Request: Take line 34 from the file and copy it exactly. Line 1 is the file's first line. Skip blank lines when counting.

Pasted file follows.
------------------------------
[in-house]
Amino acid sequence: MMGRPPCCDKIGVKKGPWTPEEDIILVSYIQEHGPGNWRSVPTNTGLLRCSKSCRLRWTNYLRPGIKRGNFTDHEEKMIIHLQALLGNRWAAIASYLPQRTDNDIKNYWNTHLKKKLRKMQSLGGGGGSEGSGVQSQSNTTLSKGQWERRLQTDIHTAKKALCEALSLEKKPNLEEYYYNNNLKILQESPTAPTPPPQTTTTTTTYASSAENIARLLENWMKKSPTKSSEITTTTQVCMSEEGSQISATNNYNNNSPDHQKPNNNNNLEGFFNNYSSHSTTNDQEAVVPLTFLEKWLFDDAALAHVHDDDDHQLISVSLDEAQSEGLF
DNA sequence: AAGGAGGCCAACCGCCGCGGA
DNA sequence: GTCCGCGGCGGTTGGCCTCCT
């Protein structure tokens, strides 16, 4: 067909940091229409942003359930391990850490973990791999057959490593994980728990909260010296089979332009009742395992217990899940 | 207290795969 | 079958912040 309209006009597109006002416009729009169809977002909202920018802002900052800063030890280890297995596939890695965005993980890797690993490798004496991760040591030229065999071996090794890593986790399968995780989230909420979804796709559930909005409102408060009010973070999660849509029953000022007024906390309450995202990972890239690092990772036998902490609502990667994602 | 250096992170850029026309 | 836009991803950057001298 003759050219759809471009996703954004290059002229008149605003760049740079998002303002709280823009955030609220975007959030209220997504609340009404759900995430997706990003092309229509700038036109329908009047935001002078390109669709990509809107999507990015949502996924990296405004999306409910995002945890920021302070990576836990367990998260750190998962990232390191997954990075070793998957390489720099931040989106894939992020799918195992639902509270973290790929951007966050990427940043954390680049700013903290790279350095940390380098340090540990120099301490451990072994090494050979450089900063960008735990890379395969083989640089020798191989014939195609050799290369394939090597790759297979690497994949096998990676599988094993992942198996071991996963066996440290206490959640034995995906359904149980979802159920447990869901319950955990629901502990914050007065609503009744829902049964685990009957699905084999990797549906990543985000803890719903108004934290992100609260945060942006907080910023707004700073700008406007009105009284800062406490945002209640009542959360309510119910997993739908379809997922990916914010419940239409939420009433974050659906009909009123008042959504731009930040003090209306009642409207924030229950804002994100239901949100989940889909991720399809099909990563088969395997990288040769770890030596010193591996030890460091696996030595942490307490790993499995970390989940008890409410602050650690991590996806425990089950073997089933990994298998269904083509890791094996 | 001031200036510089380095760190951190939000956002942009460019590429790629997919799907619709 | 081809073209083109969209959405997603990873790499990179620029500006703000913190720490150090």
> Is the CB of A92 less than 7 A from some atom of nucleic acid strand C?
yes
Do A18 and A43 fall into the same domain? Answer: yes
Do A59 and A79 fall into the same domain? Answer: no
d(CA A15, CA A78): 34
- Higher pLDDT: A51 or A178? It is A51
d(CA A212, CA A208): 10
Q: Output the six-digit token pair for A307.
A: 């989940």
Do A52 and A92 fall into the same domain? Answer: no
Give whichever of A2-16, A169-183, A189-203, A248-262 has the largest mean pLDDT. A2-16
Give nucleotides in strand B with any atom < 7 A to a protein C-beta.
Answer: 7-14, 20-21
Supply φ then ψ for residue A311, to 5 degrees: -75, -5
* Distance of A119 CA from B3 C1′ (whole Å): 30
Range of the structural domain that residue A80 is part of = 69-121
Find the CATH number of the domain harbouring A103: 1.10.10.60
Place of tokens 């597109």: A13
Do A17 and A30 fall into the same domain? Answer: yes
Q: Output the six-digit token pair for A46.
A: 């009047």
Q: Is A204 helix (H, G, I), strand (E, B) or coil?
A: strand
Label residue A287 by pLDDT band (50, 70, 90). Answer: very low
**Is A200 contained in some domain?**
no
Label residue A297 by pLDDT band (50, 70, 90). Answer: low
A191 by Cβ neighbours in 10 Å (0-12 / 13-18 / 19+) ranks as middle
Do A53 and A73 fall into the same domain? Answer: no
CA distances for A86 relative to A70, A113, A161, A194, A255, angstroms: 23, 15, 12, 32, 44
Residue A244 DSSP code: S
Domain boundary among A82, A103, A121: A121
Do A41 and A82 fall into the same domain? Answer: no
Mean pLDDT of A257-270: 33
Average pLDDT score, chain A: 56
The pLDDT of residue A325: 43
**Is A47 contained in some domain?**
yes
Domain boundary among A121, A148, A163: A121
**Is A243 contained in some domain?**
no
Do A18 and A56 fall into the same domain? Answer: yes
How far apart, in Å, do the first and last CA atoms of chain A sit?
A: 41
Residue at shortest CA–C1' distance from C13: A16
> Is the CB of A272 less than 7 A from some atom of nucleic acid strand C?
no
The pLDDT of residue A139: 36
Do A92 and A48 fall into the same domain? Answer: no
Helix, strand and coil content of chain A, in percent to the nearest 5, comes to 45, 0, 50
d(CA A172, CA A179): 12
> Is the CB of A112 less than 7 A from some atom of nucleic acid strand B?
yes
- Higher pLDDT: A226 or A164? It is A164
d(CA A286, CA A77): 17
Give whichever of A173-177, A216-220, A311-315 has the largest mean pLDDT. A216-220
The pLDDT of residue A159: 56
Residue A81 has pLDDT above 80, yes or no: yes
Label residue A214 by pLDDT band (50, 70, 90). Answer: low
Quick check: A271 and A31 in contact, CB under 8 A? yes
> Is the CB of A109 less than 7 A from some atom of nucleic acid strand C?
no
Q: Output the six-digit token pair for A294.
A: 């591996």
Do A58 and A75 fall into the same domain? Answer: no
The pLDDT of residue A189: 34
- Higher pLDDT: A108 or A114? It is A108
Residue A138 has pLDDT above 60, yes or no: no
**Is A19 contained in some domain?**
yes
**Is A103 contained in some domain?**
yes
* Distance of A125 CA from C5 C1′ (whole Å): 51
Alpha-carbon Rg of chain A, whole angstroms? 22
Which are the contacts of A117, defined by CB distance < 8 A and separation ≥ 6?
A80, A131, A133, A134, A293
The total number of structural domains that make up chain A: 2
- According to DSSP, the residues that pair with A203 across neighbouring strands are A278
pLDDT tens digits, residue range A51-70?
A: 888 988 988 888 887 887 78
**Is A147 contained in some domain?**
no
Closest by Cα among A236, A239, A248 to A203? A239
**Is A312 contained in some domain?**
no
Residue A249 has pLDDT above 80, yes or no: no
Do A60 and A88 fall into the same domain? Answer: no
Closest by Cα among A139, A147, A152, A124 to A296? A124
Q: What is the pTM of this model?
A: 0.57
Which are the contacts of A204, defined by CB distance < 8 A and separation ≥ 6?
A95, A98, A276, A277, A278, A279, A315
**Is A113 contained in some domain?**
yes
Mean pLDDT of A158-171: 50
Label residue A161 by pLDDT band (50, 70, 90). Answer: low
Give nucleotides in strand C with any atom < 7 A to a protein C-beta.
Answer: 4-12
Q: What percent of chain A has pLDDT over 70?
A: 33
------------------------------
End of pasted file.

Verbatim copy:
Do A53 and A73 fall into the same domain? Answer: no